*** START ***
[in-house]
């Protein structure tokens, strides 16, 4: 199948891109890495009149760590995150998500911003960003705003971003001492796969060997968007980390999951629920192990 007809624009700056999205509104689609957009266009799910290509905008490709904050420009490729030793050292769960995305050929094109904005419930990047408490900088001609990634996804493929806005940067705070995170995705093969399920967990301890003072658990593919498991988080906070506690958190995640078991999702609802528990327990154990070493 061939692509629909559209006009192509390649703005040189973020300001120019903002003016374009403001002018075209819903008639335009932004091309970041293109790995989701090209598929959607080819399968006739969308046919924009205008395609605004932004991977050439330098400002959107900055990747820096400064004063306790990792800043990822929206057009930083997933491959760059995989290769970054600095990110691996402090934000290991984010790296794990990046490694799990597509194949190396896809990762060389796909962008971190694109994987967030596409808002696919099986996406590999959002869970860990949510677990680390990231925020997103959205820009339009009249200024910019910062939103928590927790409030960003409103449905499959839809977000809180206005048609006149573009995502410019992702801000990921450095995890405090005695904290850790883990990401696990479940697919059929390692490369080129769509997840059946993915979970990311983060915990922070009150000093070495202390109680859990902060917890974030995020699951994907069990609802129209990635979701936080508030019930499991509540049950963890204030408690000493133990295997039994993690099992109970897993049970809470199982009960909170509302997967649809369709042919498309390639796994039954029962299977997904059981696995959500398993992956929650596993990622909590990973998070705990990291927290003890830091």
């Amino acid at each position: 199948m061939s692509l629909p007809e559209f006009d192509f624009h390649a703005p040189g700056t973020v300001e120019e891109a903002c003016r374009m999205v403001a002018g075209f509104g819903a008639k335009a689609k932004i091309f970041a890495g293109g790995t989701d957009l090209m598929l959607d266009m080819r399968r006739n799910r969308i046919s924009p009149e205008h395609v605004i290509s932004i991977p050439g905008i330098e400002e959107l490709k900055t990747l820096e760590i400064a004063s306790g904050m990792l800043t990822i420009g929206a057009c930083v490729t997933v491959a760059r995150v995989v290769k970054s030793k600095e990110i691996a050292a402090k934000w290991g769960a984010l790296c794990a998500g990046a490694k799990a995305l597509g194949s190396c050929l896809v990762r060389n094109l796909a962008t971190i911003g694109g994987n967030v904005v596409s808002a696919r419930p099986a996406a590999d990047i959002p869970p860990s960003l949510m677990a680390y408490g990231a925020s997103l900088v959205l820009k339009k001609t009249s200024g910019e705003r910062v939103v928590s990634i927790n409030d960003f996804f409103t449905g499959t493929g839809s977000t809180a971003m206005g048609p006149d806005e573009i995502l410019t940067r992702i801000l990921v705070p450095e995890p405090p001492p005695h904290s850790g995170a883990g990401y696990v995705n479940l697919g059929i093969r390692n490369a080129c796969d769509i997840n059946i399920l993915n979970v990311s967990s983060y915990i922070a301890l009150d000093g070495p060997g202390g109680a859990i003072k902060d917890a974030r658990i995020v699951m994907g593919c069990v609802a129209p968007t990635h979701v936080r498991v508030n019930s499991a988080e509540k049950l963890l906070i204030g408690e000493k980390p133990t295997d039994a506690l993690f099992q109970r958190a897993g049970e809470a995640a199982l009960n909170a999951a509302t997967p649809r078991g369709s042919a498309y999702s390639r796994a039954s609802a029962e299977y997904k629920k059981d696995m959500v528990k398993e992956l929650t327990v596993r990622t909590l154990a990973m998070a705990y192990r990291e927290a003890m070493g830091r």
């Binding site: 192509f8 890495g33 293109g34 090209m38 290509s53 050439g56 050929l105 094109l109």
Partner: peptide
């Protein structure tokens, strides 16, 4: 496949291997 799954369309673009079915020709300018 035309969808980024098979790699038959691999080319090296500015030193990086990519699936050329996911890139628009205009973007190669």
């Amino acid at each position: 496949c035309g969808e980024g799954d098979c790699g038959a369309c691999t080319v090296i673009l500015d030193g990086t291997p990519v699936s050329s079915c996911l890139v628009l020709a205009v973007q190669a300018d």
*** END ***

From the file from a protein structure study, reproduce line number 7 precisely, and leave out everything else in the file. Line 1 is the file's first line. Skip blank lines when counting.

């Amino acid at each position: 496949c035309g969808e980024g799954d098979c790699g038959a369309c691999t080319v090296i673009l500015d030193g990086t291997p990519v699936s050329s079915c996911l890139v628009l020709a205009v973007q190669a300018d």